Allen Toussaint RIP
Allen Toussaint RIP

Co-author Brooke Sizer

Creativity abounds: Your 16-year old “explaining” the empty Southern Comfort bottle and the roach clip; President Obama justifying his rejection of Keystone. The Louisiana Supreme Court isn’t much of a supporter, at least in statutory construction. Today we revisit McCarthy v. Evolution Petroleum Corp.  As we reported, the court of appeal had authorized causes of action under Mineral Code Article 122 for fraud by silence and fraud by affirmative misrepresentation.  The Supreme Court reversed; these causes of action may only be obtained contractually and not by “creative interpretations of Article 122”.

Article 122:

A mineral lessee is not under a fiduciary obligation to his lessor, but he is bound to perform the contract in good faith and to develop and operate the property leased as a reasonably prudent operator for the mutual benefit of himself and his lessor. Parties may stipulate what shall constitute reasonably prudent conduct on the part of the lessee.

The Supreme Court did not agree that the obligation to develop and operate the property “for the mutual benefit of himself and his lessor,” established a cause of action for “fraud by silence”, requiring disclosure of information in connection with Evolution’s purchase of mineral interests from its lessors.

Duties under Article 122

Four duties are derived from Article 122:

  • develop known mineral producing formations
  • Explore and test all portions of the leased premises after discovery of minerals in paying quantities;
  • Protect the leased property against drainage by wells located on neighboring property; and
  • Produce and market minerals discovered and capable of production in paying quantities.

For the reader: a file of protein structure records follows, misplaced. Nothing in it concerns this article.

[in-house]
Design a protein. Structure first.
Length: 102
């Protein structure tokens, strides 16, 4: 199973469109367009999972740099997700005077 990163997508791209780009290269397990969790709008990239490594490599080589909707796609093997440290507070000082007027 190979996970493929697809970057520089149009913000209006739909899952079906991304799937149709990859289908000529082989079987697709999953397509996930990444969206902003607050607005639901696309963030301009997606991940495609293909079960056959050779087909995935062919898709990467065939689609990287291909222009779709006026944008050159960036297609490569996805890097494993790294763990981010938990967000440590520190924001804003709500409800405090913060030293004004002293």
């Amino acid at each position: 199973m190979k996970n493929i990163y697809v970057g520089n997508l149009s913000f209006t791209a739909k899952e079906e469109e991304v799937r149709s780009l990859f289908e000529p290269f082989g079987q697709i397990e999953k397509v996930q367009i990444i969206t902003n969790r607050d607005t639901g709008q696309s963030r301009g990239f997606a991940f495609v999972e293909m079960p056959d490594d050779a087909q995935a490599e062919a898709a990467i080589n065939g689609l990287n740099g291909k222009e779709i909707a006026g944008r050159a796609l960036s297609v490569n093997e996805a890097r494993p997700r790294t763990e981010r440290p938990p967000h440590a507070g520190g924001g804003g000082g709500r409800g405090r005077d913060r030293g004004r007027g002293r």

All require the lessee to operate in the manner of a reasonable, prudent operator.

The court avoided “hide-and-go-seek” in statutory construction.  The true meaning of the statute won’t be hidden until found by a creative plaintiff. Duties requiring the disclosure of information will not be read into Article 122, said the court, especially because the article itself allows for contractual arrangements. A concurring opinion reasoned, “Courts should take care not to go beyond the plain meaning of the provisions of the Code where the meanings are clear and unambiguous and do not lead to absurd consequences.”

The causes of action approved by the court of appeals would be fine if they had been supplied by an agreement between the parties. It did not help the plaintiffs that an allegation of an inadequate price in a mineral sale is not actionable (that “lesion” thing we discussed in the first post). Nor was it helpful that the claims arose out of the purchase of mineral interests and not operations. Nor did it help that the article relieves the lessee of fiduciary obligations.


  • Lessor: If you want reporting, disclosure or other duties beyond those required by Article 122, negotiate them into your lease.
  • Lessee: You are off the hook for withholding information from your lessor, at least in this situation.

A musical interlude

 Allen Toussaint has nothing to do with the subject but much to do with Louisiana’s musical heritage.

Here is one he wrote and produced.

And another one that puts the New Orleans rhythm into a song you’ve heard a hundred times.